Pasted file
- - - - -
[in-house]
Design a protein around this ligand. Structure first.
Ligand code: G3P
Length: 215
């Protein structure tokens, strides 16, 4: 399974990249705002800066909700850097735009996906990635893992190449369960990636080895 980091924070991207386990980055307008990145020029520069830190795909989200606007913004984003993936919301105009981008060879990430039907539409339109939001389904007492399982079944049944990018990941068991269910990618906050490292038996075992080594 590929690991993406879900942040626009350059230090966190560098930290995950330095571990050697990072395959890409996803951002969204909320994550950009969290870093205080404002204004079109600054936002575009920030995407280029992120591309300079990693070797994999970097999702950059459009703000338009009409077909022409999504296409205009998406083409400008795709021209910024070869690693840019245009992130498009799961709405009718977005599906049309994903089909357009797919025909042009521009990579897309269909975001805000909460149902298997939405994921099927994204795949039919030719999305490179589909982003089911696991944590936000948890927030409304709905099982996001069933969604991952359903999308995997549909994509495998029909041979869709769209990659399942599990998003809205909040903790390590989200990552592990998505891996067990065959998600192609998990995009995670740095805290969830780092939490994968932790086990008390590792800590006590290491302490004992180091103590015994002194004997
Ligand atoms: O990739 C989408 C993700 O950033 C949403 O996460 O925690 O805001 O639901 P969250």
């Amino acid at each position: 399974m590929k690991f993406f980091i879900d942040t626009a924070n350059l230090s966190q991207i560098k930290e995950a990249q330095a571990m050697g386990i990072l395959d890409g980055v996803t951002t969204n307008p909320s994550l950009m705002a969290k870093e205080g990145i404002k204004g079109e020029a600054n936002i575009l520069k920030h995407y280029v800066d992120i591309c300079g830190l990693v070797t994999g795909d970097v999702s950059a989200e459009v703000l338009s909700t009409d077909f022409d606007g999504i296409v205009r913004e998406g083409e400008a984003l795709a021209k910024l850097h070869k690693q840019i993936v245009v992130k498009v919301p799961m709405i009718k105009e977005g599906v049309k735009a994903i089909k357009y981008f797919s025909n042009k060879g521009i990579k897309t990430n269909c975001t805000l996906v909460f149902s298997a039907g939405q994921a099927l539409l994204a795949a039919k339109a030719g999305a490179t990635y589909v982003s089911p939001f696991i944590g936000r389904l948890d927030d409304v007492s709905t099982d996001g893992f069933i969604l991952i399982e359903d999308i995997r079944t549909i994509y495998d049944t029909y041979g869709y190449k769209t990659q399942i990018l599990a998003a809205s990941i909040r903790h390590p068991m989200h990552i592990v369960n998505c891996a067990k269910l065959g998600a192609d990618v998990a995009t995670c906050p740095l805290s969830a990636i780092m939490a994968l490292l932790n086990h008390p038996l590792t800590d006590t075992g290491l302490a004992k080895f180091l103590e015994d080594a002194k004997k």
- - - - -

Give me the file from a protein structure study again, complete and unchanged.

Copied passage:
[in-house]
Design a protein around this ligand. Structure first.
Ligand code: G3P
Length: 215
């Protein structure tokens, strides 16, 4: 399974990249705002800066909700850097735009996906990635893992190449369960990636080895 980091924070991207386990980055307008990145020029520069830190795909989200606007913004984003993936919301105009981008060879990430039907539409339109939001389904007492399982079944049944990018990941068991269910990618906050490292038996075992080594 590929690991993406879900942040626009350059230090966190560098930290995950330095571990050697990072395959890409996803951002969204909320994550950009969290870093205080404002204004079109600054936002575009920030995407280029992120591309300079990693070797994999970097999702950059459009703000338009009409077909022409999504296409205009998406083409400008795709021209910024070869690693840019245009992130498009799961709405009718977005599906049309994903089909357009797919025909042009521009990579897309269909975001805000909460149902298997939405994921099927994204795949039919030719999305490179589909982003089911696991944590936000948890927030409304709905099982996001069933969604991952359903999308995997549909994509495998029909041979869709769209990659399942599990998003809205909040903790390590989200990552592990998505891996067990065959998600192609998990995009995670740095805290969830780092939490994968932790086990008390590792800590006590290491302490004992180091103590015994002194004997
Ligand atoms: O990739 C989408 C993700 O950033 C949403 O996460 O925690 O805001 O639901 P969250």
């Amino acid at each position: 399974m590929k690991f993406f980091i879900d942040t626009a924070n350059l230090s966190q991207i560098k930290e995950a990249q330095a571990m050697g386990i990072l395959d890409g980055v996803t951002t969204n307008p909320s994550l950009m705002a969290k870093e205080g990145i404002k204004g079109e020029a600054n936002i575009l520069k920030h995407y280029v800066d992120i591309c300079g830190l990693v070797t994999g795909d970097v999702s950059a989200e459009v703000l338009s909700t009409d077909f022409d606007g999504i296409v205009r913004e998406g083409e400008a984003l795709a021209k910024l850097h070869k690693q840019i993936v245009v992130k498009v919301p799961m709405i009718k105009e977005g599906v049309k735009a994903i089909k357009y981008f797919s025909n042009k060879g521009i990579k897309t990430n269909c975001t805000l996906v909460f149902s298997a039907g939405q994921a099927l539409l994204a795949a039919k339109a030719g999305a490179t990635y589909v982003s089911p939001f696991i944590g936000r389904l948890d927030d409304v007492s709905t099982d996001g893992f069933i969604l991952i399982e359903d999308i995997r079944t549909i994509y495998d049944t029909y041979g869709y190449k769209t990659q399942i990018l599990a998003a809205s990941i909040r903790h390590p068991m989200h990552i592990v369960n998505c891996a067990k269910l065959g998600a192609d990618v998990a995009t995670c906050p740095l805290s969830a990636i780092m939490a994968l490292l932790n086990h008390p038996l590792t800590d006590t075992g290491l302490a004992k080895f180091l103590e015994d080594a002194k004997k």